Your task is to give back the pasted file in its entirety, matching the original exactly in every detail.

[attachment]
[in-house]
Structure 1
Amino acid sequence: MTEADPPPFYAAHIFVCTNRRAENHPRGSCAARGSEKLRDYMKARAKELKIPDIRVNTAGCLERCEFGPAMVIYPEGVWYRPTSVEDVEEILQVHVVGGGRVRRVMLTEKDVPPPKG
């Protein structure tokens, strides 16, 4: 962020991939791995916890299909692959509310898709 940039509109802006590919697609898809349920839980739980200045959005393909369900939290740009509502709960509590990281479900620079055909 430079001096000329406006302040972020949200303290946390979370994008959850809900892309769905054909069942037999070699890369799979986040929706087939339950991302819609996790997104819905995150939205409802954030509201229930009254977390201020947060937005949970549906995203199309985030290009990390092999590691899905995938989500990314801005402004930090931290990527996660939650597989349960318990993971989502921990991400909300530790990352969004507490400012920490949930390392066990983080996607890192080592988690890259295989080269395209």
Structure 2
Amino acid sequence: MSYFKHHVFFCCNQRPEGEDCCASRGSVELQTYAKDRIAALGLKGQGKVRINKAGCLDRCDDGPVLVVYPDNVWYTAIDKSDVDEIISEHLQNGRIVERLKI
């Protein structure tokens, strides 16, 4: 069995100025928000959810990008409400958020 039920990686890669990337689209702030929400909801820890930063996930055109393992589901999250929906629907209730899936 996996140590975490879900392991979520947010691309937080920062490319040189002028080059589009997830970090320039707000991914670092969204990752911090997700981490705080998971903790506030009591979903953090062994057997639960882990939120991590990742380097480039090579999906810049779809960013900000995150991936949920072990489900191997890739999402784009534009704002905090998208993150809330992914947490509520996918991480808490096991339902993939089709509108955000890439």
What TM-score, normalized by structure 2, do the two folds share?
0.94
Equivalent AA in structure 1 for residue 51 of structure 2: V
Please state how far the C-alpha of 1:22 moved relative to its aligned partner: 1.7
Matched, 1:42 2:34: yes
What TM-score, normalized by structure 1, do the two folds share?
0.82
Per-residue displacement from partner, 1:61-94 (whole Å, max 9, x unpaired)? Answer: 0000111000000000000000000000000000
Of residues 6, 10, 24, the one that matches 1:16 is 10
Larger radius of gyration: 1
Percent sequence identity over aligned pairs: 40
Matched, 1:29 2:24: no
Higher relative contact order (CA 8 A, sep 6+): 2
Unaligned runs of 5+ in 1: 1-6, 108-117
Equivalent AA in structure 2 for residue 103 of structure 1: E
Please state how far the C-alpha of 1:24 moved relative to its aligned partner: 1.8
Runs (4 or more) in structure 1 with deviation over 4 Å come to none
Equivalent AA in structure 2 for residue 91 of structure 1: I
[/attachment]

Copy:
[in-house]
Structure 1
Amino acid sequence: MTEADPPPFYAAHIFVCTNRRAENHPRGSCAARGSEKLRDYMKARAKELKIPDIRVNTAGCLERCEFGPAMVIYPEGVWYRPTSVEDVEEILQVHVVGGGRVRRVMLTEKDVPPPKG
């Protein structure tokens, strides 16, 4: 962020991939791995916890299909692959509310898709 940039509109802006590919697609898809349920839980739980200045959005393909369900939290740009509502709960509590990281479900620079055909 430079001096000329406006302040972020949200303290946390979370994008959850809900892309769905054909069942037999070699890369799979986040929706087939339950991302819609996790997104819905995150939205409802954030509201229930009254977390201020947060937005949970549906995203199309985030290009990390092999590691899905995938989500990314801005402004930090931290990527996660939650597989349960318990993971989502921990991400909300530790990352969004507490400012920490949930390392066990983080996607890192080592988690890259295989080269395209």
Structure 2
Amino acid sequence: MSYFKHHVFFCCNQRPEGEDCCASRGSVELQTYAKDRIAALGLKGQGKVRINKAGCLDRCDDGPVLVVYPDNVWYTAIDKSDVDEIISEHLQNGRIVERLKI
């Protein structure tokens, strides 16, 4: 069995100025928000959810990008409400958020 039920990686890669990337689209702030929400909801820890930063996930055109393992589901999250929906629907209730899936 996996140590975490879900392991979520947010691309937080920062490319040189002028080059589009997830970090320039707000991914670092969204990752911090997700981490705080998971903790506030009591979903953090062994057997639960882990939120991590990742380097480039090579999906810049779809960013900000995150991936949920072990489900191997890739999402784009534009704002905090998208993150809330992914947490509520996918991480808490096991339902993939089709509108955000890439």
What TM-score, normalized by structure 2, do the two folds share?
0.94
Equivalent AA in structure 1 for residue 51 of structure 2: V
Please state how far the C-alpha of 1:22 moved relative to its aligned partner: 1.7
Matched, 1:42 2:34: yes
What TM-score, normalized by structure 1, do the two folds share?
0.82
Per-residue displacement from partner, 1:61-94 (whole Å, max 9, x unpaired)? Answer: 0000111000000000000000000000000000
Of residues 6, 10, 24, the one that matches 1:16 is 10
Larger radius of gyration: 1
Percent sequence identity over aligned pairs: 40
Matched, 1:29 2:24: no
Higher relative contact order (CA 8 A, sep 6+): 2
Unaligned runs of 5+ in 1: 1-6, 108-117
Equivalent AA in structure 2 for residue 103 of structure 1: E
Please state how far the C-alpha of 1:24 moved relative to its aligned partner: 1.8
Runs (4 or more) in structure 1 with deviation over 4 Å come to none
Equivalent AA in structure 2 for residue 91 of structure 1: I